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No-tillage Plus: Cover Crops Offer A Model For Sustainability In Tropical Soils

Date:
July 29, 2008
Source:
American Society of Agronomy
Summary:
Tropical soils often behave differently than temperate soils when being farmed. In tropical regions, soils lose nutrients quickly when cultivated. With food shortages looming and soil quality declining rapidly, new farming techniques are needed to make tropical and sub-tropical farming more productive and sustainable. New research from Agronomy Journal shows that no-till management combined with a winter cover crop is most effective in retaining nutrients in tropical soils.

Tropical soils often behave differently than temperate soils when being farmed. In tropical regions, soils lose nutrients quickly when cultivated. With food shortages looming and soil quality declining rapidly, new farming techniques are needed to make tropical and sub-tropical farming more productive and sustainable. New research from Agronomy Journal shows that no-till management combined with a winter cover crop is most effective in retaining nutrients in tropical soils.

An international team of scientists from Brazil, France, and the U.S. studied the impact of different cover crops, crop rotation, and tillage on soil organic carbon storage after 19 years of crop production on a tropical soil in southern Brazil.

The results, published in the July-August issue of Agronomy Journal, show that no-tillage management combined with crop rotations including winter cover crops with high amounts of crop residues returned annually to the soil, will most likely maintain soil organic carbon stocks, and most likely mimic natural forested condition for tropical and subtropical areas.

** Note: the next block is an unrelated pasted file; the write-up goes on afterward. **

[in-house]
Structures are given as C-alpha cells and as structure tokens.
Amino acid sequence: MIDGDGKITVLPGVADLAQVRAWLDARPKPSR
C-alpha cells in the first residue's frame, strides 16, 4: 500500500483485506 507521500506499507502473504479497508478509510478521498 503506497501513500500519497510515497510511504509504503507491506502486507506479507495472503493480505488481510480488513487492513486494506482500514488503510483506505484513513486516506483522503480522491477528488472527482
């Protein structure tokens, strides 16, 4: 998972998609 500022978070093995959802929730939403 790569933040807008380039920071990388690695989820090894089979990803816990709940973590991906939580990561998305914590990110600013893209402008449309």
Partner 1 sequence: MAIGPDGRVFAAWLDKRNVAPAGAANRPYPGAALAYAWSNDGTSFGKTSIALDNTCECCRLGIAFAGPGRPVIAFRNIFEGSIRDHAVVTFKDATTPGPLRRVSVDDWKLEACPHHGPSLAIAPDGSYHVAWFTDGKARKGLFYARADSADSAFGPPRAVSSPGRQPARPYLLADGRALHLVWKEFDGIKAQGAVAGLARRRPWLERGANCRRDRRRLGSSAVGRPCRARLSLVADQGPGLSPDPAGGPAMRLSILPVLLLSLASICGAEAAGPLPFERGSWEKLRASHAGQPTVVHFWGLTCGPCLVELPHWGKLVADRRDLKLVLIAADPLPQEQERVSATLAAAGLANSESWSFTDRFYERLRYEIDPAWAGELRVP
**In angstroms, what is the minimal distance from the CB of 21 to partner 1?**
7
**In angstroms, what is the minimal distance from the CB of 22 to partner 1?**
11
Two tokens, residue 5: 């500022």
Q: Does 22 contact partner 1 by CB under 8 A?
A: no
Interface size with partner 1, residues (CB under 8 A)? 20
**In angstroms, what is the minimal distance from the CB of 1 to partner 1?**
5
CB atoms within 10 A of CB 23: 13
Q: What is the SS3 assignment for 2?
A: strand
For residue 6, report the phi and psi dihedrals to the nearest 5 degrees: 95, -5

This crop management, if adopted by farmers in tropical and sub-tropical regions, can help to keep land productive and sustainable.

Scientist Bill Hargrove from Kansas State University said, “These results have broad implications for agricultural production in tropical areas in Africa, Asia, and Latin America. We can manage soils in ways that allow profitable crop production while mimicking natural vegetative conditions under which land is not degraded at accelerated rates.”


Story Source:

The above story is based on materials provided by American Society of Agronomy. Note: Materials may be edited for content and length.


Journal Reference:

  1. Calegari et al. Impact of Long-Term No-Tillage and Cropping System Management on Soil Organic Carbon in an Oxisol: A Model for Sustainability. Agronomy Journal, 2008; 100 (4): 1013 DOI: 10.2134/agronj2007.0121

Cite This Page:

American Society of Agronomy. "No-tillage Plus: Cover Crops Offer A Model For Sustainability In Tropical Soils." ScienceDaily. ScienceDaily, 29 July 2008. <www.sciencedaily.com/releases/2008/07/080728192942.htm>.
American Society of Agronomy. (2008, July 29). No-tillage Plus: Cover Crops Offer A Model For Sustainability In Tropical Soils. ScienceDaily. Retrieved October 20, 2014 from www.sciencedaily.com/releases/2008/07/080728192942.htm
American Society of Agronomy. "No-tillage Plus: Cover Crops Offer A Model For Sustainability In Tropical Soils." ScienceDaily. www.sciencedaily.com/releases/2008/07/080728192942.htm (accessed October 20, 2014).

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